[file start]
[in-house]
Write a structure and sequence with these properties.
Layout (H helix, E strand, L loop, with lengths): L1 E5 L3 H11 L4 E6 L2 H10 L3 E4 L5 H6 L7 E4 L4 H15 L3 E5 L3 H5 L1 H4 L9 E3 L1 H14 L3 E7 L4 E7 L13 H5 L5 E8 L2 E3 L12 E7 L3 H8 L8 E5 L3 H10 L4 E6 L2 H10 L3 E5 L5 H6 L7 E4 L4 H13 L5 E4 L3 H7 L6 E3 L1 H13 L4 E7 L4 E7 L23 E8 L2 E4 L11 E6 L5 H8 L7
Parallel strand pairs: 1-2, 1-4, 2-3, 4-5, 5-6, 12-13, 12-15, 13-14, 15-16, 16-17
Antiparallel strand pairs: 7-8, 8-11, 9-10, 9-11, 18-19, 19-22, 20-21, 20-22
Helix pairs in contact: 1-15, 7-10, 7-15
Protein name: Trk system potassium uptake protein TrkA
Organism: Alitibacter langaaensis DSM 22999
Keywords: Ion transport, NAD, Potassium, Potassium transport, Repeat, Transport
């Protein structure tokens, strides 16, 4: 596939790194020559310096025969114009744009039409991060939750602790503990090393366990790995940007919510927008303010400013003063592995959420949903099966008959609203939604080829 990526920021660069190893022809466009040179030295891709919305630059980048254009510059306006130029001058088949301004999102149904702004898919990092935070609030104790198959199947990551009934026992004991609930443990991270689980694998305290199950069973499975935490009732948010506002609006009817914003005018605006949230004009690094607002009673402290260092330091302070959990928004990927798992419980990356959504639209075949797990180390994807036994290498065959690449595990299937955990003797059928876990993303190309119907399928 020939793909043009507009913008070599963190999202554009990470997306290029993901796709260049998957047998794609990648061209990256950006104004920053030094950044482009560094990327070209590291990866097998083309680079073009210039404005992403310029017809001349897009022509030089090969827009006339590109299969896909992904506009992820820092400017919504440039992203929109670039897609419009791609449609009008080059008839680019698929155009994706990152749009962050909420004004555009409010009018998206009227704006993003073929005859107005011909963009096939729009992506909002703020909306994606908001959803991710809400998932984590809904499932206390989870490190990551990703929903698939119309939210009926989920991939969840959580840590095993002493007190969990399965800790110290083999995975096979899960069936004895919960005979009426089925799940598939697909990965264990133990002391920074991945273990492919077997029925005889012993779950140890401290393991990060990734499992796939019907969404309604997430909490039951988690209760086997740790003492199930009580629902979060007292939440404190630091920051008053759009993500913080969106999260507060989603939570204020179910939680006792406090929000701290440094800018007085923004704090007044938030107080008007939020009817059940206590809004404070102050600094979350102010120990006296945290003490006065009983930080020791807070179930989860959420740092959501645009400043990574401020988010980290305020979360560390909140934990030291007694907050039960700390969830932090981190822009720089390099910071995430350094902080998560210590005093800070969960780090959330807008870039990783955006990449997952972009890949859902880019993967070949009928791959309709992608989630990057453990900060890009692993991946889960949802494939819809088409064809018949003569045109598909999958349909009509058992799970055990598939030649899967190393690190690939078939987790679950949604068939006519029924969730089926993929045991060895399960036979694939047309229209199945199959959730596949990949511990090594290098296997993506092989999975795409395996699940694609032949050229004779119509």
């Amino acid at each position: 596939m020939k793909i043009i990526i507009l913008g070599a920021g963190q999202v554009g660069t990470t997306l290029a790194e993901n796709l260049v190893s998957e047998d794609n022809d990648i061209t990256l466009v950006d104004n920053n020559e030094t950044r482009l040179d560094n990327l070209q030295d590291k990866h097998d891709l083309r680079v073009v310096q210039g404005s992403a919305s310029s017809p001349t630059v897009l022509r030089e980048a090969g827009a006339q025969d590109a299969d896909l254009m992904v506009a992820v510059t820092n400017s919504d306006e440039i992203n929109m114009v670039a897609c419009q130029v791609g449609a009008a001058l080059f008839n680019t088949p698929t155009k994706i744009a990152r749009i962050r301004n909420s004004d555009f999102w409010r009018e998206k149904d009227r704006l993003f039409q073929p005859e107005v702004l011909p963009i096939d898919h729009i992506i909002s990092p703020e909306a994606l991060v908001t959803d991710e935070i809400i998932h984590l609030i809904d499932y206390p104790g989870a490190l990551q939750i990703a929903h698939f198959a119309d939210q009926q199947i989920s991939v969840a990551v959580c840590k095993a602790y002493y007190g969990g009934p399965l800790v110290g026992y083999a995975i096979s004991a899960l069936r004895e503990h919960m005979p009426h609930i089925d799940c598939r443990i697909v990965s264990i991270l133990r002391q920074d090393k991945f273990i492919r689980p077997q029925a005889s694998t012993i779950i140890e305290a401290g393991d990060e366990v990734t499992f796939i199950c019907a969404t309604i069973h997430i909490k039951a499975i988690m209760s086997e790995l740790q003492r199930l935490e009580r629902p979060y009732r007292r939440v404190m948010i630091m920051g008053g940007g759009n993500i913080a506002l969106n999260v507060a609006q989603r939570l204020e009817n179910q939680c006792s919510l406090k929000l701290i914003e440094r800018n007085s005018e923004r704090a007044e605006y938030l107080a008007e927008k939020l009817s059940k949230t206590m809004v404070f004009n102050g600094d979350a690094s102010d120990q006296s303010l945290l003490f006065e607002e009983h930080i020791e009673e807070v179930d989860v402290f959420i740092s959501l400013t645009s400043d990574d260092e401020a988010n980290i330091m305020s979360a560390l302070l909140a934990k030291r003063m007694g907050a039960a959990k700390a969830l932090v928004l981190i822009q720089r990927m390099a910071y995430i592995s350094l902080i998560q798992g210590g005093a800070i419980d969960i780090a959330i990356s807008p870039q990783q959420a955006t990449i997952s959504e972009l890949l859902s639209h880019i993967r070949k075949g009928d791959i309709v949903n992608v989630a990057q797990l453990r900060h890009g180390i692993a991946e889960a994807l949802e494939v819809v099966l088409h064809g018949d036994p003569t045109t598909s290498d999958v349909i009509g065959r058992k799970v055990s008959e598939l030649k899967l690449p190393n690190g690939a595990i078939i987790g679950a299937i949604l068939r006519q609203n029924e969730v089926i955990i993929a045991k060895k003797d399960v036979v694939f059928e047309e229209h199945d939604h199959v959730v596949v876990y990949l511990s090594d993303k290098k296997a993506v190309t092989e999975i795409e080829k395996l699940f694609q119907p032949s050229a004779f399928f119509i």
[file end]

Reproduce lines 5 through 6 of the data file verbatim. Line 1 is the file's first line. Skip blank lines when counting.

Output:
Antiparallel strand pairs: 7-8, 8-11, 9-10, 9-11, 18-19, 19-22, 20-21, 20-22
Helix pairs in contact: 1-15, 7-10, 7-15